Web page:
This describes my experience playing with a very old (copyrights say 1998) Lego Mindstorms set I was given. The controller is an RCX 1.0 unit. It was possible to play with this using Linux.

Download Not Quite C (nqc). I used:

Careful as this is a messy tarfile (make a sub directory).

There was no readme for compiling but it was as easy as it gets. Just type make.

You should have a ./bin directory which contains nqc and mkdata.

Set up your serial connection from the computer to the transmitter base station (USB to serial works fine). I don’t know what serial settings are really being used. In minicom, 9600 shows some activity, but it’s binary gibberish. Also you should be able to get the green transfer light to come on on the transmitter base station by typing.

My RCX sat unpowered for a long time and needed it’s firmware installed. First get the firmware file off of the otherwise useless CD. That file is in /firm/firm0309.lgo.

Use the nqc binary for installing the firmware. Make sure the base station is pointing at the RCX and everything is plugged in and powered up:

./bin/nqc -S/dev/ttyUSB0 -firmware ../cd/firm/firm0309.lgo

Or better if the RCX is close to the transmitter and the range setting (small triangle on transmitter) is set:

:-> [~/mindstorm/nqc]$ ./bin/nqc -S/dev/ttyUSB0 -firmfast ../cd/firm/firm0309.lgo
Current Version: 00030001/00030009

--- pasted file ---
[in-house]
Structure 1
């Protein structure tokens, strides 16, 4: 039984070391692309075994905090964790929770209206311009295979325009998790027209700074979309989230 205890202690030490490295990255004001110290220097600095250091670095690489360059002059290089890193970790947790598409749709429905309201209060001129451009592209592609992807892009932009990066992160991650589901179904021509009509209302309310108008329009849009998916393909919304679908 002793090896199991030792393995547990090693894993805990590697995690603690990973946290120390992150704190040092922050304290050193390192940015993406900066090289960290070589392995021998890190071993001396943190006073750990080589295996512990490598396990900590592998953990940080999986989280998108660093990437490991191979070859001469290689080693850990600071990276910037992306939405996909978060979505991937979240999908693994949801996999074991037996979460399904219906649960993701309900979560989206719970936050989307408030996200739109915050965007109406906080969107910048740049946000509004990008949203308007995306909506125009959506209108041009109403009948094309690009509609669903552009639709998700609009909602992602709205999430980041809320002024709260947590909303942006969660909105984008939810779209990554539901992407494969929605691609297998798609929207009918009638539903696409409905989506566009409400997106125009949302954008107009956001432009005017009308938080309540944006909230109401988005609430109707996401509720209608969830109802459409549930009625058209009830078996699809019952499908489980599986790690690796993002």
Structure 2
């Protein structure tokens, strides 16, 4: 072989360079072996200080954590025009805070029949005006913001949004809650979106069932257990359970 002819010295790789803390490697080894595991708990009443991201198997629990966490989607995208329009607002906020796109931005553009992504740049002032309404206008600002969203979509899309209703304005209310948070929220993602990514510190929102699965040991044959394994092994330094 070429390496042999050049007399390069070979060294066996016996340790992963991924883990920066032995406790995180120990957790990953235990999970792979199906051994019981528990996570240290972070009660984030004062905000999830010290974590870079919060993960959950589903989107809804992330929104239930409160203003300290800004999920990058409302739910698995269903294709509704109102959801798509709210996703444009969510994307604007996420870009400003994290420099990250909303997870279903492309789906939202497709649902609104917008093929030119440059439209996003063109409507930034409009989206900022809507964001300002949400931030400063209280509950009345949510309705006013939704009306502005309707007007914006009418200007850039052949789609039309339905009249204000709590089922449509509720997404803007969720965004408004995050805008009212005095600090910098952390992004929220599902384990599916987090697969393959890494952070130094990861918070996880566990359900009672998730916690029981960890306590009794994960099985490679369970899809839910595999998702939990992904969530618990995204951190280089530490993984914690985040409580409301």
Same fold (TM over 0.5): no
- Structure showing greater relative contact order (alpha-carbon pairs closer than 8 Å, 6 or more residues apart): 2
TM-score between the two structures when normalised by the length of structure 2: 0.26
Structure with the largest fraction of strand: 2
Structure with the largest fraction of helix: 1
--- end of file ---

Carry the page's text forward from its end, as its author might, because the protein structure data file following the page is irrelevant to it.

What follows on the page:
If you get some vague error, try unplugging the serial converter and looking at dmesg to see where it assigns the ttyUSB device upon reconnection. Then try again with that.

Then find the included test program in the nqc distribution and load that:

./bin/nqc -S/dev/ttyUSB0 -d test.nqc
Downloading Program:..complete
Battery Level = 8.0 V

It returns the battery level which is good I guess, but it returned 9.0V but the RCX gave me a battery icon warning but when I switched batteries it read 8.0V on upload (firmware had to be repeated too) but it ran fine. Go figure.

This test program runs when you push the green "Run" button on the RCX. It is supposed to make a motor attached to RCX pad A spin until a touch switch on RCX pad 1 is closed and then it stops.

Note about the 71427 motor units

At first the test program didn’t quite work because the motor didn’t spin. I never have used this set and it turned out that the motor was seized up. Switching motors, it worked fine. I also was able to get the other motor to turn, albeit weakly, by freeing it up by turning its shaft with a pair of pliers. I suspect corrosion of some kind in there.


Here are some things you can do with the RCX from nqc.

Print the datalog, if populated, on the stdout:

$ ./bin/nqc -S/dev/ttyUSB0 -datalog
Uploading Datalog

Sets the clock on the RCX to the time of the computer:

$ ./bin/nqc -S/dev/ttyUSB0 -watch now

Set auto shutoff timer to this many minutes:

$ ./bin/nqc -S/dev/ttyUSB0 -sleep 5

Load a program to slot 3 (one can load 5 different programs concurrently) and run it:

$ ./bin/nqc -S/dev/ttyUSB0 -d test.nqc -pgm 3 -run

Just run the program in slot 3:

./bin/nqc -S/dev/ttyUSB0  -pgm 3 -run
Sample Program
#define BUTTON  SENSOR_1
#define MOTOR   OUT_A

int more;

void outnback(int frames) {
    repeat (frames) {
        more+= 10;
        until(BUTTON == 1);

task main()
#ifdef __RCX
    // RCX needs to be told what kind of sensor is used

more= 0;

//until(BUTTON == 1);
//  PlaySound(SOUND_CLICK);
//  Off(MOTOR);